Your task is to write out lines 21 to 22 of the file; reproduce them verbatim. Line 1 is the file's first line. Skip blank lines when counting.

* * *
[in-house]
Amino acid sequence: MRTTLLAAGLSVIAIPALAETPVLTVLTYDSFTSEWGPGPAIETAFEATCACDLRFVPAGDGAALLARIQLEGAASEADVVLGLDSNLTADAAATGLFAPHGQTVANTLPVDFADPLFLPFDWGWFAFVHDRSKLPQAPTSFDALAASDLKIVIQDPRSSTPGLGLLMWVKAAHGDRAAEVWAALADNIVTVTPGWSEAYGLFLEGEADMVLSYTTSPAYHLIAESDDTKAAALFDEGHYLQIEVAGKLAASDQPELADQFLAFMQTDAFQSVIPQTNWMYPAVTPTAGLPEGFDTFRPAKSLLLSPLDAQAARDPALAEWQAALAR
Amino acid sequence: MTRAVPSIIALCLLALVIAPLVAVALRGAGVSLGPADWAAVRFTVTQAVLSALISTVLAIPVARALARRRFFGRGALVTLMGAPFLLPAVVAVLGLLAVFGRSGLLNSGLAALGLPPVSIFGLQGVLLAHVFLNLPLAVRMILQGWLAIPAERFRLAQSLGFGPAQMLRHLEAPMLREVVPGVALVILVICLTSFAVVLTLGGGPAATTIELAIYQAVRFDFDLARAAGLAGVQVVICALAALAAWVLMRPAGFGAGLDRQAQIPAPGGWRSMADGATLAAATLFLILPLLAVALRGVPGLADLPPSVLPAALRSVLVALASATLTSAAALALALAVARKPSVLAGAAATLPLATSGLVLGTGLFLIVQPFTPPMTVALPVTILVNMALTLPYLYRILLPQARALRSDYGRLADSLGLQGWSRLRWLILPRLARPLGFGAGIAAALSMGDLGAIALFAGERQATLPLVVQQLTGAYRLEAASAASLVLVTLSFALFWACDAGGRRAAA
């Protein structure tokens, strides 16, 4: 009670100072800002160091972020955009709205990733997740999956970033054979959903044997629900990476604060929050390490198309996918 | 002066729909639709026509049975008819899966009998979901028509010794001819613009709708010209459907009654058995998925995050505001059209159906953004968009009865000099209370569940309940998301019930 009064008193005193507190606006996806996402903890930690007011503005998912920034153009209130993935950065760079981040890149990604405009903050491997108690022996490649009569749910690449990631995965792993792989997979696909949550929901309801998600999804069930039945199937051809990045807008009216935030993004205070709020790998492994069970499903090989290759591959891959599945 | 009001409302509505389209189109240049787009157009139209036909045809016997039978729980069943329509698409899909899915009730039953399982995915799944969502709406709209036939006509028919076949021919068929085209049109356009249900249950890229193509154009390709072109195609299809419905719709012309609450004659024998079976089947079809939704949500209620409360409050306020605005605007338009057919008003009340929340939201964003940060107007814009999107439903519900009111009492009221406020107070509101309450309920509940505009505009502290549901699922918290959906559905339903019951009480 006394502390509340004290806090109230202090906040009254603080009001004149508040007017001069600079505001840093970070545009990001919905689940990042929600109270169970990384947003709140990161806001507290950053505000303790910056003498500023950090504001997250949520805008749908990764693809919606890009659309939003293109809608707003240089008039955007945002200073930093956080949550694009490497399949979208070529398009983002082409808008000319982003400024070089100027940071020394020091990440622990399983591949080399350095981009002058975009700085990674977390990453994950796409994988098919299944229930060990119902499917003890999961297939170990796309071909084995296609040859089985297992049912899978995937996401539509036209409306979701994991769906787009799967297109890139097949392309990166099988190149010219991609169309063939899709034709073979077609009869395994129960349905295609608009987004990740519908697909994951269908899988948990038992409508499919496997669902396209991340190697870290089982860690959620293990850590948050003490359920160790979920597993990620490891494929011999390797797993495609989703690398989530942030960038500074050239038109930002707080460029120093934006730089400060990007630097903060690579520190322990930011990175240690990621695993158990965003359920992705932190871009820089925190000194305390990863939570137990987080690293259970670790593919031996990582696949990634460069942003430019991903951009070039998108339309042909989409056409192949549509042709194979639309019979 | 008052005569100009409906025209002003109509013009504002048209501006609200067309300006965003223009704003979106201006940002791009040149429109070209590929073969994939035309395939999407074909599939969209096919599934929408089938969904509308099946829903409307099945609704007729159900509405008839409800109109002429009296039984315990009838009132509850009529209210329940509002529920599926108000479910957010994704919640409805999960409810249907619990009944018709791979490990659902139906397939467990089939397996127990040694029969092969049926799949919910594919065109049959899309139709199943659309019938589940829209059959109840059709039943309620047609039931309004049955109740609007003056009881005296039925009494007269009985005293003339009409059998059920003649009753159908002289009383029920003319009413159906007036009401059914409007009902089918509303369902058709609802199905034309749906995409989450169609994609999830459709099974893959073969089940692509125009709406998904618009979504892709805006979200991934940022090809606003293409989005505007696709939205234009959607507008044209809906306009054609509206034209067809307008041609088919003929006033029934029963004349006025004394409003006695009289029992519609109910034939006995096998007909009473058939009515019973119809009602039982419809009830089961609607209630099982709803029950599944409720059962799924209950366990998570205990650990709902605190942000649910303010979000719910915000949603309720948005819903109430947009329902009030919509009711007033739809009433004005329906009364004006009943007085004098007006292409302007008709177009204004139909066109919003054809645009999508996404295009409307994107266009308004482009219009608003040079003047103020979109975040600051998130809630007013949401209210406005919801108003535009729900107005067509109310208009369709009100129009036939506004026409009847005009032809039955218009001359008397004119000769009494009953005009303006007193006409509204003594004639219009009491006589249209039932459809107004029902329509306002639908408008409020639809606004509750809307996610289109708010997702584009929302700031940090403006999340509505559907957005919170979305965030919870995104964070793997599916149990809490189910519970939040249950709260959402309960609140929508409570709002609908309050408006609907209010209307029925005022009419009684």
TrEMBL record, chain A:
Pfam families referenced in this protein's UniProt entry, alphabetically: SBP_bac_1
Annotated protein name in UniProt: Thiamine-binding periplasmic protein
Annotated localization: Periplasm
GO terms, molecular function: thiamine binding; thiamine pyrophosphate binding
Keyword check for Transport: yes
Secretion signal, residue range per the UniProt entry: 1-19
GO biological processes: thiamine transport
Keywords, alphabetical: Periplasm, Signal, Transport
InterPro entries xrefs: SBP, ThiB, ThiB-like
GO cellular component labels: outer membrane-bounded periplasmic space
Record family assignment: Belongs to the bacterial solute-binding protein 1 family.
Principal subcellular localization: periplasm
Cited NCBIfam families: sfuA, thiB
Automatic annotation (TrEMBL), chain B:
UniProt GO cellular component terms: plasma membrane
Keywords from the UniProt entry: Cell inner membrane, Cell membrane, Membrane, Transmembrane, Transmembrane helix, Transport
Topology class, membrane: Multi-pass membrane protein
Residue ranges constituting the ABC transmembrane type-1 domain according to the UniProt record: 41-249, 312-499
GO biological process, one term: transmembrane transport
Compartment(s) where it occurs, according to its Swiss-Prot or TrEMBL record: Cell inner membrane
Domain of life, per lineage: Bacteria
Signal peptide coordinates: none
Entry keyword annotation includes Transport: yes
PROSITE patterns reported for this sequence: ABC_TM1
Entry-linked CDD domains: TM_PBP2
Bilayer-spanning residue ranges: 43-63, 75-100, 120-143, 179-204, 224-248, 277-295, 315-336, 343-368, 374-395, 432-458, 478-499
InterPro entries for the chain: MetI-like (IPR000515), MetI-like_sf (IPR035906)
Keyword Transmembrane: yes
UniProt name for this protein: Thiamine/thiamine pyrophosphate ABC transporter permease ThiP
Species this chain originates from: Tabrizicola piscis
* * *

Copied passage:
Keywords from the UniProt entry: Cell inner membrane, Cell membrane, Membrane, Transmembrane, Transmembrane helix, Transport
Topology class, membrane: Multi-pass membrane protein